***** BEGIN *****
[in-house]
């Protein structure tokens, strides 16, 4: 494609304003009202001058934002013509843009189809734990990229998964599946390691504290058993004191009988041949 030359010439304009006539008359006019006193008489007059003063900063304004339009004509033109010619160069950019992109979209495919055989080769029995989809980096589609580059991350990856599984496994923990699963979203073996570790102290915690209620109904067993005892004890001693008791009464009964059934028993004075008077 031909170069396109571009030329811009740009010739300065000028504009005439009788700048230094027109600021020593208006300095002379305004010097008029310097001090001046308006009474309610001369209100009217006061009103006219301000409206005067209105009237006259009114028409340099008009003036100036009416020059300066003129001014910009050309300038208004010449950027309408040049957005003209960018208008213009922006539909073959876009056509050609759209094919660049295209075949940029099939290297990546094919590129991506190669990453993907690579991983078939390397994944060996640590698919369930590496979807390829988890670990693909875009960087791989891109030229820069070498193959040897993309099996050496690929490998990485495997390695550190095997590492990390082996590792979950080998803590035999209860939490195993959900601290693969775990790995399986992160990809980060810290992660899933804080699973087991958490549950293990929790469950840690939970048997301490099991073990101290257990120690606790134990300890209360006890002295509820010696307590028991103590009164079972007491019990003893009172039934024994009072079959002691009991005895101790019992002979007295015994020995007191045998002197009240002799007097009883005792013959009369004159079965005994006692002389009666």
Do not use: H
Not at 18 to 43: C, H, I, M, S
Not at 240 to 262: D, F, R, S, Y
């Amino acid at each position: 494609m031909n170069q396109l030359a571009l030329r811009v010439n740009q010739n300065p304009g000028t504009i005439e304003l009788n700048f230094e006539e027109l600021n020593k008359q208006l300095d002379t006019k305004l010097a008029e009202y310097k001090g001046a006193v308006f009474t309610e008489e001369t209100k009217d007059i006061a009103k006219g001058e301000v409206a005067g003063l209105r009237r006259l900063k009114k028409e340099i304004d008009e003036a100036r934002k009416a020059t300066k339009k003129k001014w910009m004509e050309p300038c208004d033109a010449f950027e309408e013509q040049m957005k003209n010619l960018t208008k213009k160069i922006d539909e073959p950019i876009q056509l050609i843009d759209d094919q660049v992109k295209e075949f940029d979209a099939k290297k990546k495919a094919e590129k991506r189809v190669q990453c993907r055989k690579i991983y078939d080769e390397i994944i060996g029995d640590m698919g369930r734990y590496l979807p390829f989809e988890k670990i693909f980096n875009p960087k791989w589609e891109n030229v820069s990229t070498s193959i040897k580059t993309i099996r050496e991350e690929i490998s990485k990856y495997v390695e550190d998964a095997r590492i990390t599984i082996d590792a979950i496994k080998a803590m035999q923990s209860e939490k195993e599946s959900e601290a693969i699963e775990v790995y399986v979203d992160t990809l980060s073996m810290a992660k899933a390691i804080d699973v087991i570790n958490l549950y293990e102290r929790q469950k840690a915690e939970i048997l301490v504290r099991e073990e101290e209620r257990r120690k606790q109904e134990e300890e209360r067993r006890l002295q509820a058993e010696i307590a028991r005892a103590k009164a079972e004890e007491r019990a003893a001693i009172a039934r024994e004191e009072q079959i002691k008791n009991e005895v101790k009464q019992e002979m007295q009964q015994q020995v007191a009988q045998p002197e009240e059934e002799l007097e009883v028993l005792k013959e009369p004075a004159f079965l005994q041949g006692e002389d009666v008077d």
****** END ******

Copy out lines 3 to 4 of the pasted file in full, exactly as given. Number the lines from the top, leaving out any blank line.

Do not use: H
Not at 18 to 43: C, H, I, M, S